This post contains major spoilers for Chuck (Seasons 1 and 2) and Dexter (Season 1), 187, Blood Work, Mary Roberts Rinehart’s _The Door_, and god knows how many other books/shows/movies. It also has middlin’ spoilers for Se7en. (But Chuck and Dexter? That’s where most of the spoiling is happening… seriously, if you’re inclined to watch those shows at all, skip this essay.)
Character Economy basically says that you should never introduce two characters when you can introduce one. You need to introduce a new girlfriend for a widower at the same time you are introducing a cat burglar at the same time that you’re introducing another character’s long-lost cousin? (Oh, and the reason the guy is a widower? It’s because the cat burglar killed his wife.) MAKE THEM ALL THE SAME PERSON!
In practice, this means that the wacky neighbor that gets a handful of lines here and there throughout the movie (perhaps even asking the protagonist pointed questions as he investigates a series of unsolved murders!) is really the killer. In Chuck, the side-effect was that everybody who shows up is somehow related to his past in some sort of spy capacity. College roommate? Spy. Ex-girlfriend? Spy. Dad? Spy. It reaches the point where you know when a new character shows up and says “hi, Chuck!” that they are going to be a spy. Of course, not just a spy who sent the Intersect to Chuck but a spy who knew so much more about what’s really going on than Chuck does. Not only was the roommate a spy, but he was a spy that knew that Chuck is one of the most subliminally sensitive test subjects, like, ever. Not only is the ex-girlfriend a spy, but she’s a spy for The Evil Spy Company. Not only is Dad a spy, he’s the guy who invented the Intersect in the first place!
Oh, and Chuck’s new handler? The one he has a crush on? Used to date Chuck’s roomie.
Oh the webs they weave! Now, given that Chuck is intended to be a lighthearted action romantic comedy, it doesn’t really particularly matter that everybody knows everybody (and now Chuck is making his own introductions), right? What happens when we use Character Economy in a seriousish, adultish, “gritty” story?
We get Dexter.
Dexter is, of course, a serial killer who uses his serial killing for good. He works as a blood splatter tech at the police force and everybody loves him except for the one cop who, for some reason, is painted as unsympathetic for finding the serial killer to be creepy. In the first season, anyway, we meet Dexter and, in the first *EPISODE*, we find that there is a *SECOND* serial killer in town. As the season progresses, we find out that Dexter’s sister is finally dating a nice guy. The nice guy is a prosthetics expert at the hospital who helps an almost-victim of the serial killer get a new leg. AND THE NICE GUY IS THE NEW SERIAL KILLER!!! Moreover, we find out that Dexter has a backstory that involves having an older brother. The new serial killer is the older brother.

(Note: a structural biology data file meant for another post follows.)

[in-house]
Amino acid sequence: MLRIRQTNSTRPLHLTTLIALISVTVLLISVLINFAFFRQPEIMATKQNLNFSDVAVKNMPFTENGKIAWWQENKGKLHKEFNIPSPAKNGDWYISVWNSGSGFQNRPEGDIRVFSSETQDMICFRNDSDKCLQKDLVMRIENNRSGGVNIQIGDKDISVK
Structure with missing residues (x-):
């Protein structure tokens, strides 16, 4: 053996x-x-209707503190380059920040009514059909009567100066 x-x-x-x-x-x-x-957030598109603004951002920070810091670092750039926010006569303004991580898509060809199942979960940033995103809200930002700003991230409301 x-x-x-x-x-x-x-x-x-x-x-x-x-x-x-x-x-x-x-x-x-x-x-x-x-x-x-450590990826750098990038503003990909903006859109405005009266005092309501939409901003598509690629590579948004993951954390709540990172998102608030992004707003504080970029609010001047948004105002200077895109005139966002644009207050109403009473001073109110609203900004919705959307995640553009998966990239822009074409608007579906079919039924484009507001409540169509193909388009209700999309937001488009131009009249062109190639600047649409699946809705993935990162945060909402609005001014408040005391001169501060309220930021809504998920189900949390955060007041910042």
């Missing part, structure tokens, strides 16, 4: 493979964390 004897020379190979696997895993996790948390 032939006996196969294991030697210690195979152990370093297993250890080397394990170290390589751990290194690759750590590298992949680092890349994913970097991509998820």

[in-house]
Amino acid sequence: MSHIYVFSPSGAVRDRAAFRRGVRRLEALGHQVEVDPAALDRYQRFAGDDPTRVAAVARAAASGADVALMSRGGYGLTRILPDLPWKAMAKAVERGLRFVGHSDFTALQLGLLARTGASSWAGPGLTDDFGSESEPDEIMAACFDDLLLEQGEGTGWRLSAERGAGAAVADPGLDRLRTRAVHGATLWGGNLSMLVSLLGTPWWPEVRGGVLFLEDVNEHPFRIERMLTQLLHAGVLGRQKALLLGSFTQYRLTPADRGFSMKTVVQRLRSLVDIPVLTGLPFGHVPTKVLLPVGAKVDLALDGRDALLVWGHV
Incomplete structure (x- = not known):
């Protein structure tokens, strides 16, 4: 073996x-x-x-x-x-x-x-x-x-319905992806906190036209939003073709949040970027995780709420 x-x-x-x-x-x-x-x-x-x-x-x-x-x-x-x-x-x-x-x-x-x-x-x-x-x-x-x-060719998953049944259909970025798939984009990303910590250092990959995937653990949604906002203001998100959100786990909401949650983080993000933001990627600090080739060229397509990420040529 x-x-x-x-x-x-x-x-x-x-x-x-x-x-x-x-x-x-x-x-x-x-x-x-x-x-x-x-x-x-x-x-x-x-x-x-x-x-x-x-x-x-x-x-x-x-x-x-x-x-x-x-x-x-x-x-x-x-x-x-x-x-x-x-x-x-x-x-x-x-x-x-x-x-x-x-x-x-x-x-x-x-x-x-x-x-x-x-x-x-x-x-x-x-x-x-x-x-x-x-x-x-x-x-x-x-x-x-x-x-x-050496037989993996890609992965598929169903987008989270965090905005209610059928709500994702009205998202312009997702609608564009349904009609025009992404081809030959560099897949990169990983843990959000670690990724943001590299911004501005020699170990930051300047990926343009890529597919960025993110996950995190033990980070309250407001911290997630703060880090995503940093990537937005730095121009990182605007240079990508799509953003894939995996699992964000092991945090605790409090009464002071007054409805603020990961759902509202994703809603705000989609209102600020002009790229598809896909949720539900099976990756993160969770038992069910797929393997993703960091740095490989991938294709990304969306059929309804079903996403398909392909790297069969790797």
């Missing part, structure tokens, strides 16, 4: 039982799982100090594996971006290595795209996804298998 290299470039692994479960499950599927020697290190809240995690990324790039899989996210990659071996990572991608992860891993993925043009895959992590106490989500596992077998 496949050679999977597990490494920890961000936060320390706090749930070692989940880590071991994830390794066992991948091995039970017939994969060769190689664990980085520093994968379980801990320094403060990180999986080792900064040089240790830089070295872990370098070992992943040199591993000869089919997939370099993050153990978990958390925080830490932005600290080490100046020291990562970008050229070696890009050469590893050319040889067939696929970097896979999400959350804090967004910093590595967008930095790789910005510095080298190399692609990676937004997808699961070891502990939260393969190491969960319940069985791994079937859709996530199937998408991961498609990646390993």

I am not making this up.
I suppose that it is a testament to how much we’ve all internalized this is the movie Se7en. Seriously, remember how surprising it was that Kevin Spacey was John Doe? You watched half of the movie and the first time you see the guy is on the third reel! It was absolutely novel.
Now, this is a somewhat different dynamic than the one that you find in “Fair Play” mysteries where all of the clues available to the detective are available to the reader thus allowing them to figure who of the assembled characters dunnit (the butler, for the record). (When this dynamic is handled poorly, you can get a movie like 187 where they tease you for the entire movie about whether Samuel L. Jackson dismembered/killed the bad students despite showing someone doing this without giving you a single credible alternative who would have means/motive to do so… and it turns out, yep, it was him.)
Which brings me, finally, to the version of this that strikes me as the absolute best way to deal with the issue of character economy is to let the audience know what happened and then tell the story of the detective (this is for live-action only, of course… this is one of the reasons that “the book was better” is every inch a cliche). Examples include: Oedipus, Arthurian Legend, and, of course, the appointment in Samarra.
When you’re stuck to keeping the show under X minutes, you’re going to automatically create situations where we know that the guy they talked to for two minutes at the beginning of the movie is the guy who has been pretending to be a ghost (and also the brother-in-law we thought was the murder victim). When you have all the time in the world (a novel, a legend) you can afford to introduce characters enough to have one of them be the mystery. If you have to keep it to X, you’re going to be stuck with Character Economy.